Sui Ishida, the mangaka behind Tokyo Ghoul, is soon releasing the first volume of his new manga series, Choujin X. Fans of Tokyo Ghoul will find the correlations between the two series highly satisfying.
As a follow-up to Tokyo Ghoul, Choujin X naturally invites comparisons from fans hungry for more of Ishida’s storytelling. Interestingly, Ishida seems to encourage these comparisons by incorporating direct correlations and allusions in the upcoming first volume, which includes chapters 1 through 6.
One noticeable connection is the protagonist’s name, Tokio, which bears a resemblance to Tokyo Ghoul. Ishida’s deliberate choice of naming appears to give fans the green light to draw parallels between the two series. It becomes clear that Ishida may have intended these correlations all along, evident in how he has crafted Choujin X.
From the debut chapter of volume one, Ishida draws inspiration from Tokyo Ghoul as Tokio acquires special abilities similar to the super-powered beings in his world. The transformation process is depicted with the same grisly and barbaric tone as Ken Kaneki’s metamorphosis into a human/ghoul hybrid in Tokyo Ghoul. However, there is a distinction: instead of receiving organs from a deceased ghoul like Ken, Tokio willingly injects himself with a serum that grants him choujin superpowers. But the similarities don’t end there.
Towards the end of the first volume, Ishida introduces a character reminiscent of Rize from Tokyo Ghoul. Choujin X’s version of Rize deceives the hero of her world, creating a false sense of security before revealing her true intentions. Unlike Kaneki, Tokio has already obtained his supernatural abilities before encountering her. However, the volume suggests that the consequences of this encounter share similarities with how Rize indirectly influenced Kaneki’s transformation in Tokyo Ghoul.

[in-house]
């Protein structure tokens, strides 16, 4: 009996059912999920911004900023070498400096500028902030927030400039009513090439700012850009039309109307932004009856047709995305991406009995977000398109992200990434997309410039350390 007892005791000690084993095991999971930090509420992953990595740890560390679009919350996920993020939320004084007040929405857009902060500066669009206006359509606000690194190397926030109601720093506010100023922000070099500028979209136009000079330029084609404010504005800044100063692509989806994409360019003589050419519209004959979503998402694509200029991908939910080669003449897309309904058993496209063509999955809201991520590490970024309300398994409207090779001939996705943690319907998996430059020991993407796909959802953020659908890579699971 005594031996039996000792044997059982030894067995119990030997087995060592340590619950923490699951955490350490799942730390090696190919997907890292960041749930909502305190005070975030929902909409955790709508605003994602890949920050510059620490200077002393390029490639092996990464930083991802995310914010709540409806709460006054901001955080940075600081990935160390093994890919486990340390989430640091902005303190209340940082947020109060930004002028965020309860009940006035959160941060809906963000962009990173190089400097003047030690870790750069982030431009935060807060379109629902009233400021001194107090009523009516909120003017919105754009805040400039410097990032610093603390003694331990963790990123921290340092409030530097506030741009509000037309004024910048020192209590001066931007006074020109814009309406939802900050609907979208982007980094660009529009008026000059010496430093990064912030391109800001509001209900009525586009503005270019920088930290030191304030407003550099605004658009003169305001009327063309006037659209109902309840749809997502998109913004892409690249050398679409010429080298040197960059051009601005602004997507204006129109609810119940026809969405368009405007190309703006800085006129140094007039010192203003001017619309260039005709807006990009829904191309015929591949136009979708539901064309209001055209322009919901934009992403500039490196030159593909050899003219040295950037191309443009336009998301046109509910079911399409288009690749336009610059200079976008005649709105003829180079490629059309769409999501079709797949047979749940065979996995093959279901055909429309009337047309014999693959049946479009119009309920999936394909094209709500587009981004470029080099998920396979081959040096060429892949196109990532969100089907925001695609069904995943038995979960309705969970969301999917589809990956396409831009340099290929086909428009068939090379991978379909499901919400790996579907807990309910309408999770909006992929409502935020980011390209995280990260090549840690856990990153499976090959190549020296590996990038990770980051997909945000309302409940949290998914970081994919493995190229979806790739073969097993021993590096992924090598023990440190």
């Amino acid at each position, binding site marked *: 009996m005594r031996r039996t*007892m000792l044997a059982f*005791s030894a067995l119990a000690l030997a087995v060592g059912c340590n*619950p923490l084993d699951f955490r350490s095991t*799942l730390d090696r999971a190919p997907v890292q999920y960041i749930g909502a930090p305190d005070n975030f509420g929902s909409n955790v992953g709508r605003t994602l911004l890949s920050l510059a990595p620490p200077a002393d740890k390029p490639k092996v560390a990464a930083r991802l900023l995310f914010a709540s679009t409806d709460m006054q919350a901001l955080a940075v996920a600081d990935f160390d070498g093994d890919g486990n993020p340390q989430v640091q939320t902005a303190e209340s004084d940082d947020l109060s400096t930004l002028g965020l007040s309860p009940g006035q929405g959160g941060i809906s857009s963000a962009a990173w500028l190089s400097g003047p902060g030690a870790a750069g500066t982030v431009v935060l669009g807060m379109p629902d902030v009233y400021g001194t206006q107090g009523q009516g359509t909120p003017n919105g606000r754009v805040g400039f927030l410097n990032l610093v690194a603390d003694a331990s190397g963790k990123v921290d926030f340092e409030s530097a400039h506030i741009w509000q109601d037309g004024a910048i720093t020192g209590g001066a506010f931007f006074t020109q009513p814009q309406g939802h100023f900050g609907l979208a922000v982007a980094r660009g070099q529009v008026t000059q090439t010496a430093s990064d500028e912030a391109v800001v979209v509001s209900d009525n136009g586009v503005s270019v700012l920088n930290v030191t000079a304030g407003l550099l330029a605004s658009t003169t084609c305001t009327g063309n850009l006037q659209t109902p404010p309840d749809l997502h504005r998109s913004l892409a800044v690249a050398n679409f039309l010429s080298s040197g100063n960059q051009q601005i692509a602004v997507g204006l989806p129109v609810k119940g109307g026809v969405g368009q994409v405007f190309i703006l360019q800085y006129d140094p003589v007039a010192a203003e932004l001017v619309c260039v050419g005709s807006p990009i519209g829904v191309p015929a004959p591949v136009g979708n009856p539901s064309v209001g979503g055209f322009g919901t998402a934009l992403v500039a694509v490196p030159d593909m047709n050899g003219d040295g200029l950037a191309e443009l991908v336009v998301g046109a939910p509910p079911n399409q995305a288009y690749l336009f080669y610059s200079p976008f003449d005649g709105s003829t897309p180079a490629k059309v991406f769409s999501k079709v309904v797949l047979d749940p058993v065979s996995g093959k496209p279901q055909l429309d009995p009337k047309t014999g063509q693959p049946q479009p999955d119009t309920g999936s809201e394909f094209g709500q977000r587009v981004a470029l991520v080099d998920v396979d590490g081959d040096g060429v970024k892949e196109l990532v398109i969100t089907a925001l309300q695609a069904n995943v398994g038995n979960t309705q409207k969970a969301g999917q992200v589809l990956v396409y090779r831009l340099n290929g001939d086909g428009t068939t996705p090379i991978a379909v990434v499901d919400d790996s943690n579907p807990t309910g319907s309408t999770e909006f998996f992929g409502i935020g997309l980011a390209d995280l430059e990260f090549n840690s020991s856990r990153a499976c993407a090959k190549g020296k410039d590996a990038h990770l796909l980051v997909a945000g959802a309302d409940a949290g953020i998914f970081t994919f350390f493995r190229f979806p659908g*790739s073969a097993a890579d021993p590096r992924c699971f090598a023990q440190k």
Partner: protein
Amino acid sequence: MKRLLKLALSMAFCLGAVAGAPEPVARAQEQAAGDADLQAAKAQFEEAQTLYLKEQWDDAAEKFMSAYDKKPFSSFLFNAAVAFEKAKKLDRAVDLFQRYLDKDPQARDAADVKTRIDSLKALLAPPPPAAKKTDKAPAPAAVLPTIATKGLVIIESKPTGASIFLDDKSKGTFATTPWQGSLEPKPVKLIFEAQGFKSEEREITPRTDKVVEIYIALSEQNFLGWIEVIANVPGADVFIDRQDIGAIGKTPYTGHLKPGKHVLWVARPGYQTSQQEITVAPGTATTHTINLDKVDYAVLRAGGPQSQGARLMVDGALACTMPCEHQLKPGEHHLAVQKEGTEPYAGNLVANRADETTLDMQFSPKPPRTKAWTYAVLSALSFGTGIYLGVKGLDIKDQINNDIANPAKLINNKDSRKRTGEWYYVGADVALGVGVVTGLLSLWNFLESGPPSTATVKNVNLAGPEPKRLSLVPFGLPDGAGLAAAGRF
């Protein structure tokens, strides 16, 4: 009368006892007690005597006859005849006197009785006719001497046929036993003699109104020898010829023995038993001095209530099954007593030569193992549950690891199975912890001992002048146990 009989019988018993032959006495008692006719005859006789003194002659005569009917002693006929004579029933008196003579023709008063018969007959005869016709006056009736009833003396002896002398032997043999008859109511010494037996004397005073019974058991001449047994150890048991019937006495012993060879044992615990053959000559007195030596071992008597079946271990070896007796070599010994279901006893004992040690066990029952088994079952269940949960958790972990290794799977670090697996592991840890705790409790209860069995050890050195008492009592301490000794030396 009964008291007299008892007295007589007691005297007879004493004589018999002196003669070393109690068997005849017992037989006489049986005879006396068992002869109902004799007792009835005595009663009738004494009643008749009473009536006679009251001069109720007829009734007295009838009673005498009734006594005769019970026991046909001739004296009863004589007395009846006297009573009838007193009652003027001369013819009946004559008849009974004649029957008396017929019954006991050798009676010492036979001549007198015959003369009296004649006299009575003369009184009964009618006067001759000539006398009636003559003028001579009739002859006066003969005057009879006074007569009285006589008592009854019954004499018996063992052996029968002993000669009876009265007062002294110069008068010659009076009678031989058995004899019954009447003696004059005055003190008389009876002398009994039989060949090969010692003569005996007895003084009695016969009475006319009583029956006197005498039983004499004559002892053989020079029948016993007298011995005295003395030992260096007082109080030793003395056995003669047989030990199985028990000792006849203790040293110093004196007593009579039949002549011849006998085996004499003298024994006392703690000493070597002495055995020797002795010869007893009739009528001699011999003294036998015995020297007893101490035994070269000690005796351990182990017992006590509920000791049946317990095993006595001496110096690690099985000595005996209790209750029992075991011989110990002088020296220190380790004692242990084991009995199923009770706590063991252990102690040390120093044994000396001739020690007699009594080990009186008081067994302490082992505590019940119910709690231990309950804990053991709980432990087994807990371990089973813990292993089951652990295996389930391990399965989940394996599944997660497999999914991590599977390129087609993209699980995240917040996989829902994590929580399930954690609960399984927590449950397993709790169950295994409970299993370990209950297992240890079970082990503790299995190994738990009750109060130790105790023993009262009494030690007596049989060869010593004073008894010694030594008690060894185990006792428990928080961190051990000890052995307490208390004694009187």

The first volume also alludes to other iconic relationships from Tokyo Ghoul and explores how Kaneki initially grapples with and embraces his newfound power. Fans of Ishida’s earlier work will be thrilled by these developments, knowing that these connections will further develop in future volumes.
The only potential point of contention for Tokyo Ghoul fans reading Choujin X is Ishida’s adoption of a less realistic artistic style. However, it’s worth noting that Ishida occasionally reverts to his previous illustrative style from Tokyo Ghoul, particularly for impactful or traumatic moments. This strategy enhances these scenes even more in Choujin X. He also employs gothic-like techniques reminiscent of Kaneki’s dark transformations, creating a nightmarish atmosphere. In fact, the grotesque elements in Choujin X surpass anything Ishida previously depicted in Tokyo Ghoul. While Tokyo Ghoul’s kagune and kakuja were highly acclaimed, Ishida found himself limited in how he could portray them. In Choujin X, however, he revels in the diverse and limitless choujin powers of his new world, showcasing his artistic freedom and creativity.